What Makes a Great Poem Great: Poem #1

Now that my stonemasonry apprenticeship is over, I have time to focus on the element of the craft I can see myself making a career out of.  The two weeks I spent at a letter carving workshop in Oxfordshire was the very first of my placements.  All the other placements were all excellent in their own way, but there was something about letter carving - something about the huge expanse of creative possibilities that exists within it - that pulls me into that world.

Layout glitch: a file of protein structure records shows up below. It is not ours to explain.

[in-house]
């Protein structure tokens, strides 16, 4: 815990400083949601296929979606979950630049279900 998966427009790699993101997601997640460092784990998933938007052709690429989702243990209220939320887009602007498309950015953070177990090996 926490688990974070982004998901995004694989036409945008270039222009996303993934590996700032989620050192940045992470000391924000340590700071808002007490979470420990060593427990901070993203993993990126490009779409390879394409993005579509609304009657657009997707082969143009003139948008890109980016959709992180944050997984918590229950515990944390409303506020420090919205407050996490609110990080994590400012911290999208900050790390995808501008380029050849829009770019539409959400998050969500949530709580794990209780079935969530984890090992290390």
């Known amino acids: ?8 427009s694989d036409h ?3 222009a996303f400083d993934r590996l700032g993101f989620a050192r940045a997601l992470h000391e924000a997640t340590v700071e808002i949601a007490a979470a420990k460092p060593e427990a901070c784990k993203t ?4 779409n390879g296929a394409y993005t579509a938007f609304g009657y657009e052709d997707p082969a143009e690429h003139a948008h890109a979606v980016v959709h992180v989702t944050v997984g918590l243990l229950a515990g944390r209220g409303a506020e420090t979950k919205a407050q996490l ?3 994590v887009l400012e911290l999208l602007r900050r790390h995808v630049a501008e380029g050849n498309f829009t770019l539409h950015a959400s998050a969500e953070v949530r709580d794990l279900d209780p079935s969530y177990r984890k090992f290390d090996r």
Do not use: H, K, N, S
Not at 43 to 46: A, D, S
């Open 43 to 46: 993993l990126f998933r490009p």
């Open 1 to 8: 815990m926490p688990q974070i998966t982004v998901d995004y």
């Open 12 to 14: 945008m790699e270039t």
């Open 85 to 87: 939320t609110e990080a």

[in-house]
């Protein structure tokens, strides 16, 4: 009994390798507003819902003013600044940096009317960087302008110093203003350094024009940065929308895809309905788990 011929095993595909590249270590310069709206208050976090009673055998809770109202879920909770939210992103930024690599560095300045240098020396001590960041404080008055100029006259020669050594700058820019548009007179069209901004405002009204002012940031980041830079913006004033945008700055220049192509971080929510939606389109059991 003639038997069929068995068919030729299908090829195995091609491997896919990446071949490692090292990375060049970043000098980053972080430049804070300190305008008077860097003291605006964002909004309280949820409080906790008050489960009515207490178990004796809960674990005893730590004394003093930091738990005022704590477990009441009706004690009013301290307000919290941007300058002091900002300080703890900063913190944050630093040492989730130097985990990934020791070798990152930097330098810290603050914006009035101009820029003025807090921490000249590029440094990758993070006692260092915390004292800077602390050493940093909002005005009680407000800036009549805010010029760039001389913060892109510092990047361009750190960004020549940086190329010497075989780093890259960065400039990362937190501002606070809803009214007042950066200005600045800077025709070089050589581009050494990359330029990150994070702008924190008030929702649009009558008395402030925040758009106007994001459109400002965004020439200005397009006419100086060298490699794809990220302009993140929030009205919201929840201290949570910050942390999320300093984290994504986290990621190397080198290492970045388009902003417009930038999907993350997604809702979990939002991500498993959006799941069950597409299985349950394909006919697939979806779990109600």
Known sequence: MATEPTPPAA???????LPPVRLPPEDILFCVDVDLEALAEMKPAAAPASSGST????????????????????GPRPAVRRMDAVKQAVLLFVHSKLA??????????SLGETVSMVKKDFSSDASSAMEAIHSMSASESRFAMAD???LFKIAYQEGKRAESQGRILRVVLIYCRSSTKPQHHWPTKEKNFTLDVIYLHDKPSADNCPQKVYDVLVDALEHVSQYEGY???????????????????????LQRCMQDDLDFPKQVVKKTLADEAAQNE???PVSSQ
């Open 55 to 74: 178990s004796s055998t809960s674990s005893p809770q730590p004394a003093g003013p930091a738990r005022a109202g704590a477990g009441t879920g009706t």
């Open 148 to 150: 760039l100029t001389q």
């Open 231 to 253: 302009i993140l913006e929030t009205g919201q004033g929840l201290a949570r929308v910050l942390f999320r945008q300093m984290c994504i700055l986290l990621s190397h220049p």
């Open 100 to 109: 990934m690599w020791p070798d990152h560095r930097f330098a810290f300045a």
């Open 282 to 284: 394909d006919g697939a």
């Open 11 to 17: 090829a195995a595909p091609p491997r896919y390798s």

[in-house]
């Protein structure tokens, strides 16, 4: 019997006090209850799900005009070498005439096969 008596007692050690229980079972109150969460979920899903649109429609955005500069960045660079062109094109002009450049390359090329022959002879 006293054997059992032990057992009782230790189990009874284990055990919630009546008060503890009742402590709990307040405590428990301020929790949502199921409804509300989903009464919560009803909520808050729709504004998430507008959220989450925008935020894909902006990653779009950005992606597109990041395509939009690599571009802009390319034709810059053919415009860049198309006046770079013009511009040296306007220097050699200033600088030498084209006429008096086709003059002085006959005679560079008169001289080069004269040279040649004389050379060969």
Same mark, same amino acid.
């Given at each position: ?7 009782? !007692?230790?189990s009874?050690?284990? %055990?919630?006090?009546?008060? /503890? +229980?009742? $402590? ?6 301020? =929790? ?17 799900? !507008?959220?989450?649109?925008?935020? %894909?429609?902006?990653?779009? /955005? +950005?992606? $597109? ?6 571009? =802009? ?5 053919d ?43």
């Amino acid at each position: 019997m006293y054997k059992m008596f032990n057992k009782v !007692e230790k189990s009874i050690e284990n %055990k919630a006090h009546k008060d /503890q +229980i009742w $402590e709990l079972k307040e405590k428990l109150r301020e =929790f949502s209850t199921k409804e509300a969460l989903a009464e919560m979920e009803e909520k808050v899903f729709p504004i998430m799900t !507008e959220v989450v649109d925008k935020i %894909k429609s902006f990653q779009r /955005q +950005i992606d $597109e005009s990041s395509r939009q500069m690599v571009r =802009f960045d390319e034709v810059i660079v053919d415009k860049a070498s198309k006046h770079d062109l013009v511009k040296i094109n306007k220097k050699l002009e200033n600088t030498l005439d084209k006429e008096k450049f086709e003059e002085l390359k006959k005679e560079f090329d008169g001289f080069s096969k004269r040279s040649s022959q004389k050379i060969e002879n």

For one, there's the meditative aspect of letter carving.  Before any letters are carved in stone, the traditional letter carver will first set out the letters onto paper.  Two horizontal ruled lines will be drawn according to the height of the letters, then these letters are drawn by hand.  And by hand I mean freehand.  No stencils, no rulers - no other tools apart from a pencil.  Just the hand and the eye.  It takes a lot of practice to accurately copy something as delicately shaped and weighted as a letterform.  Many stonemasons get letter carving jobs every now and then, but relatively few set out the letters in the traditional way.  Rather than refer to a letterform that's been designed specifically for stone (usually slightly thicker than a typical calligraphic letterform to withstand the British weather), the non-traditionalist would type out the letters onto Microsoft Word, print it out and trace the font onto the stone and then start carving.  Many, many stonemasons do it in this way and I know of a college that even teaches this method.  But to my mind, traditional is best.  The traditional way is more considered, more thoughtful and while it may take a little longer, the end result is far superior to anything that could come off Microsoft Word.